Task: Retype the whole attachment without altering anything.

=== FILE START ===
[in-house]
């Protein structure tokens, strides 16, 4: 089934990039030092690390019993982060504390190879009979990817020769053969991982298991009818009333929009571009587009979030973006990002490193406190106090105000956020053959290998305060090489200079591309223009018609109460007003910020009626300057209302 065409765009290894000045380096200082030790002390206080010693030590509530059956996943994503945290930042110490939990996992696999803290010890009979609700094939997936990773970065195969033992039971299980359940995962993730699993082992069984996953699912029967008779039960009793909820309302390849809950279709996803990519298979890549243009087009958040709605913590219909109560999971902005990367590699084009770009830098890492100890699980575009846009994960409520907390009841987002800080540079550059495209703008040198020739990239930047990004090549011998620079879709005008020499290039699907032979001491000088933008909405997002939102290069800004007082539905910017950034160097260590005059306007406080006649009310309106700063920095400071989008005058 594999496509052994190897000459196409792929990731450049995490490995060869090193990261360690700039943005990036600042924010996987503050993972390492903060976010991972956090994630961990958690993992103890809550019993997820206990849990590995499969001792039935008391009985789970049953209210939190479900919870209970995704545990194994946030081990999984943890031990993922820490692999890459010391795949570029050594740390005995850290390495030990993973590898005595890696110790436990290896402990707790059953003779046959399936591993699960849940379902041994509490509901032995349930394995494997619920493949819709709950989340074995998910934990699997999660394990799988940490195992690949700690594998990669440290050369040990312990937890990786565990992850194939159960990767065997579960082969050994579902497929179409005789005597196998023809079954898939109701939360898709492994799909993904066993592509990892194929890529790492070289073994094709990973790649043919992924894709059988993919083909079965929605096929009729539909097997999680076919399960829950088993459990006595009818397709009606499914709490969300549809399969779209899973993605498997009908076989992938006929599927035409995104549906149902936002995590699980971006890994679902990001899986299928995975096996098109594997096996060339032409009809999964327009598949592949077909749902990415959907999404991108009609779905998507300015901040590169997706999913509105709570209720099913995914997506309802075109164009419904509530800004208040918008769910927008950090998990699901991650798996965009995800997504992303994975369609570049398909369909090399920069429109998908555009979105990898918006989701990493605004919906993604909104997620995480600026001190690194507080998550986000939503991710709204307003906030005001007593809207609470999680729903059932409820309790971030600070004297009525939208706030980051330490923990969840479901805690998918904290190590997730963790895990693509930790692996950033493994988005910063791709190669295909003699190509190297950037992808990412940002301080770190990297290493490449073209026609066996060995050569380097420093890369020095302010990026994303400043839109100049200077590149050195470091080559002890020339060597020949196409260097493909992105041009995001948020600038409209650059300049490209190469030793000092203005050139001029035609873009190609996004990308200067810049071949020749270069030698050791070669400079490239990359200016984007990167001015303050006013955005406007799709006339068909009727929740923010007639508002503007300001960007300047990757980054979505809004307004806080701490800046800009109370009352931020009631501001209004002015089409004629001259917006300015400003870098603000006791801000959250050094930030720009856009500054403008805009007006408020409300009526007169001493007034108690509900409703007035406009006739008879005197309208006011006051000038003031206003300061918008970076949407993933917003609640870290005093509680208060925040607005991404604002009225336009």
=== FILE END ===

[in-house]
């Protein structure tokens, strides 16, 4: 089934990039030092690390019993982060504390190879009979990817020769053969991982298991009818009333929009571009587009979030973006990002490193406190106090105000956020053959290998305060090489200079591309223009018609109460007003910020009626300057209302 065409765009290894000045380096200082030790002390206080010693030590509530059956996943994503945290930042110490939990996992696999803290010890009979609700094939997936990773970065195969033992039971299980359940995962993730699993082992069984996953699912029967008779039960009793909820309302390849809950279709996803990519298979890549243009087009958040709605913590219909109560999971902005990367590699084009770009830098890492100890699980575009846009994960409520907390009841987002800080540079550059495209703008040198020739990239930047990004090549011998620079879709005008020499290039699907032979001491000088933008909405997002939102290069800004007082539905910017950034160097260590005059306007406080006649009310309106700063920095400071989008005058 594999496509052994190897000459196409792929990731450049995490490995060869090193990261360690700039943005990036600042924010996987503050993972390492903060976010991972956090994630961990958690993992103890809550019993997820206990849990590995499969001792039935008391009985789970049953209210939190479900919870209970995704545990194994946030081990999984943890031990993922820490692999890459010391795949570029050594740390005995850290390495030990993973590898005595890696110790436990290896402990707790059953003779046959399936591993699960849940379902041994509490509901032995349930394995494997619920493949819709709950989340074995998910934990699997999660394990799988940490195992690949700690594998990669440290050369040990312990937890990786565990992850194939159960990767065997579960082969050994579902497929179409005789005597196998023809079954898939109701939360898709492994799909993904066993592509990892194929890529790492070289073994094709990973790649043919992924894709059988993919083909079965929605096929009729539909097997999680076919399960829950088993459990006595009818397709009606499914709490969300549809399969779209899973993605498997009908076989992938006929599927035409995104549906149902936002995590699980971006890994679902990001899986299928995975096996098109594997096996060339032409009809999964327009598949592949077909749902990415959907999404991108009609779905998507300015901040590169997706999913509105709570209720099913995914997506309802075109164009419904509530800004208040918008769910927008950090998990699901991650798996965009995800997504992303994975369609570049398909369909090399920069429109998908555009979105990898918006989701990493605004919906993604909104997620995480600026001190690194507080998550986000939503991710709204307003906030005001007593809207609470999680729903059932409820309790971030600070004297009525939208706030980051330490923990969840479901805690998918904290190590997730963790895990693509930790692996950033493994988005910063791709190669295909003699190509190297950037992808990412940002301080770190990297290493490449073209026609066996060995050569380097420093890369020095302010990026994303400043839109100049200077590149050195470091080559002890020339060597020949196409260097493909992105041009995001948020600038409209650059300049490209190469030793000092203005050139001029035609873009190609996004990308200067810049071949020749270069030698050791070669400079490239990359200016984007990167001015303050006013955005406007799709006339068909009727929740923010007639508002503007300001960007300047990757980054979505809004307004806080701490800046800009109370009352931020009631501001209004002015089409004629001259917006300015400003870098603000006791801000959250050094930030720009856009500054403008805009007006408020409300009526007169001493007034108690509900409703007035406009006739008879005197309208006011006051000038003031206003300061918008970076949407993933917003609640870290005093509680208060925040607005991404604002009225336009």